War-torn Kabul's first 5-star hotel

A hotel employee straightens couch cushions in a lounge of Afghanistan's 5-star Serena Hotel in Kabul.

KAI RYSSDAL: There's violence enough to go around in the Middle East. So it's been easy to lose sight of Afghanistan. But a thousand people have been killed there in the past three months. NATO and US troops are fighting the Taliban in the southern part of the country. And even in the capital of Kabul security's getting worse. But between the riots and the car bombs, some determined investors have persevered. Miranda Kennedy reports they've turned a dingy government building into the city's first luxury hotel.


MIRANDA KENNEDY: Nestled among bombed-out buildings, the Serena Hotel touts itself as the symbol of the new Kabul. Its design is sleek, and its service is close to world class. There's sushi but no swimming pool. With a price tag of almost $37 million, it's one of the biggest foreign investments into Afghanistan yet. But it hasn't been easy for hotel management.
CHRIS NEWBERY: In many ways it's probably what I expected, just a lot more of what I expected.

Chris Newbery, the Serena's general manager, has run hotels in some difficult parts of Asia and Africa during his 40-year career. But he says the complications in Kabul are unique.

NEWBERY: It has been very challenging, I have to admit that. Its probably been my most challenging assignment. Over the years you get to understand what's required to keep a hotel safe and secure.

[Sound: "So please remember, when the alarms go off, you wait for instruction, you don't immediately evacuate." . . . ]

Today, he's going to some lengths to teach his Afghan employees how to respond in an emergency. This morning, they held an evacuation drill.

KENNEDY: How did you think it went?

NEWBERRY: Not as well as it should have gone (laughs). But what we need to do is do it on a more frequent basis so they get used to it and they understand the situation.

So Newbery gathers his 350-some staff in the courtyard to talk about what went wrong. Turns out, many of them didnt hear the alarm, and those who did, dashed out of the hotel without making sure the guests were safe.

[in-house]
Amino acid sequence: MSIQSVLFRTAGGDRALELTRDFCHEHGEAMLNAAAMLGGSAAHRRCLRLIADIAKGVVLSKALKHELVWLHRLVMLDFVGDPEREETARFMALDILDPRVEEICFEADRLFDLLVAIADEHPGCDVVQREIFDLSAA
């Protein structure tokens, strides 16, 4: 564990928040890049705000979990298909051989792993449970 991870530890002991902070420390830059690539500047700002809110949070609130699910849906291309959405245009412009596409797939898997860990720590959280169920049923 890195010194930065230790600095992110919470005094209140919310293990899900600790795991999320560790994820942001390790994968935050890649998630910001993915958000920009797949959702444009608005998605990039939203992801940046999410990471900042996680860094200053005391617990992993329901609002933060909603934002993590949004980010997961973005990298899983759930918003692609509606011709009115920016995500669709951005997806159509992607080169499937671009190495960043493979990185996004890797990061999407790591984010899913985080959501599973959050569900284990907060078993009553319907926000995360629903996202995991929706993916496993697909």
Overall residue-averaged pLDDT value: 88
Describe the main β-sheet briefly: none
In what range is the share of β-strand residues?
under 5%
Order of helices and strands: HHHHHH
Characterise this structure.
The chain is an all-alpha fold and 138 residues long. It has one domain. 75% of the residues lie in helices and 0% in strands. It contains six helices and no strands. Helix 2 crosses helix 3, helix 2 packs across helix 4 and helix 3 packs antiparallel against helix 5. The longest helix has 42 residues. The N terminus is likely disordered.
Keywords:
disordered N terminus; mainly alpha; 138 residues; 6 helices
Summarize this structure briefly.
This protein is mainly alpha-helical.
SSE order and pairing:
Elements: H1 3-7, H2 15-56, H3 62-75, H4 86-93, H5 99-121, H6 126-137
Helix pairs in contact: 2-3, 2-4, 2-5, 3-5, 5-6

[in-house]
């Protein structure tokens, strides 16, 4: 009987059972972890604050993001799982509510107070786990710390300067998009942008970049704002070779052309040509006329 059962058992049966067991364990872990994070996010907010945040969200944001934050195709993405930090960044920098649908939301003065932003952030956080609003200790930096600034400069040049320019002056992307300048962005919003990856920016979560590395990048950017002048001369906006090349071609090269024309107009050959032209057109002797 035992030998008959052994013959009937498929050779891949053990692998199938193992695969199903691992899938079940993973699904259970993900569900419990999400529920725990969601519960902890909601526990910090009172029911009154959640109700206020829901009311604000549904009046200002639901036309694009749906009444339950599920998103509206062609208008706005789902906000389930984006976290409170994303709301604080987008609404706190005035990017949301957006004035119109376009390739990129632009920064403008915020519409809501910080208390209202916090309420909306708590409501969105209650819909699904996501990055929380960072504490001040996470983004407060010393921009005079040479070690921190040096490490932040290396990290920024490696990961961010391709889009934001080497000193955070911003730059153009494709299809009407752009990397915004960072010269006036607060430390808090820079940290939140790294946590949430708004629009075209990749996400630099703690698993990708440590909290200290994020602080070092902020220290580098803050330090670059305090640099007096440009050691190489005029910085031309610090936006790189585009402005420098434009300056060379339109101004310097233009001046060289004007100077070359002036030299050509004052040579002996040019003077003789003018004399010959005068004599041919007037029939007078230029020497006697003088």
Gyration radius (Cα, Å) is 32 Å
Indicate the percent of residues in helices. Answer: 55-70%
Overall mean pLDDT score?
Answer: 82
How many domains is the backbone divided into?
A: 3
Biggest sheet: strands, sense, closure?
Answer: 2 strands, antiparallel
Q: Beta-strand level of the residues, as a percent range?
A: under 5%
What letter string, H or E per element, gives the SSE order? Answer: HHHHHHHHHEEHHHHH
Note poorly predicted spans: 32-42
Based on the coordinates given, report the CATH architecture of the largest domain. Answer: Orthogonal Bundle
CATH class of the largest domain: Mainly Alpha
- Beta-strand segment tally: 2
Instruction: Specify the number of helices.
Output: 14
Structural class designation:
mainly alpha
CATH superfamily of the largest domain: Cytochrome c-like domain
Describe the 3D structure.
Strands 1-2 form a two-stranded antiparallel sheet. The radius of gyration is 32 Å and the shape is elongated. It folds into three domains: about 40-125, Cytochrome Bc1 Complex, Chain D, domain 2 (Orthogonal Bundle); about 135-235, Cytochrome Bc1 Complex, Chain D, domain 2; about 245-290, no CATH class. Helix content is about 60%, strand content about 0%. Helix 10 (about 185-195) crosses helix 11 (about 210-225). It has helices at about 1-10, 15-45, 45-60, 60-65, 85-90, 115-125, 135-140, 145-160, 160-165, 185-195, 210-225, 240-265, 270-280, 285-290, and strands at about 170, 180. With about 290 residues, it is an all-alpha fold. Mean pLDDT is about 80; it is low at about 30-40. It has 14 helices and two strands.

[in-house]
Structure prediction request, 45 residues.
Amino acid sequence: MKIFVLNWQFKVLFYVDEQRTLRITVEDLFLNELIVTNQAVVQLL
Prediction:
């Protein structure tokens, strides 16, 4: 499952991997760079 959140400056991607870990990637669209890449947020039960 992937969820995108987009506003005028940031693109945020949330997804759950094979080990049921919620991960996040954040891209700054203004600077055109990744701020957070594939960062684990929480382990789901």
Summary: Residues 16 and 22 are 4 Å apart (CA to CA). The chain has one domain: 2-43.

NEWBERRY: When we do a drill, there has to be somebody who goes up on the floors and guides people to the nearest emergency exit. Now did anybody do that? Well that's supposed to happen.

The need for a good emergency plan became really obvious a couple months ago, when rioting mobs smashed in several windows of the hotel. After that, Newberry decided to raise the hotel's exterior wall from 10 to 19 feet high, and upped all the security arrangements a notch. But the occupancy rate at the Kabul Serena was only 30 percent in the first six months, and its dipped even lower since the riots.

JOHN MCDONALD: There aren't, obviously, as many people here as they would like, but they're betting on the future.

John McDonald has been living in the Serena for several months, while he works as a financial advisor to the Afghan government. He says the hotel's main investors, the Aga Khan Development Network, shouldn't be looking to make a profit just yet.

MCDONALD: If they were thinking they were going to make their money back in a year, clearly that's not going to happen. But I don't think anybody thought that. I think theyre planning for the 10-20 year time horizon.

But for now, the Serena says it has to charge high rates. A single room runs at $250 a night, which is pretty hefty for one of the world's poorest countries — in a conflict zone at that. But McDonald says expats are willing to pay.MCDONALD: It makes living in Kabul a hell of a lot more doable. After being in the Serena for a week or two you tend to almost forget that you're in Kabul. That's a good thing.A lot of Kabul's U.N. workers and security contractors agree that the Serena is a godsend — even though it doesn't serve alcohol, out of respect for Islam. Many foreigners spend the day here on Fridays, the weekly day off in Afghanistan, when the Serena has a special brunch buffet that includes waffles and steak. Restaurant manager Hussein Amit says they sometimes get 150 people a day coming in to splurge on the $30 meal.

HUSSEIN AMIT: This is becoming the hub of the city. I mean, this is the right place.

But the hotel still doesn't have a gym or a pool. So if Afghanistan does ever develop into a tourist hotspot, visitors may welcome some competition from chains like the Hyatt Hotel, which has plans to set up shop here — depending how the Serena does.

In Kabul, I'm Miranda Kennedy for Marketplace.

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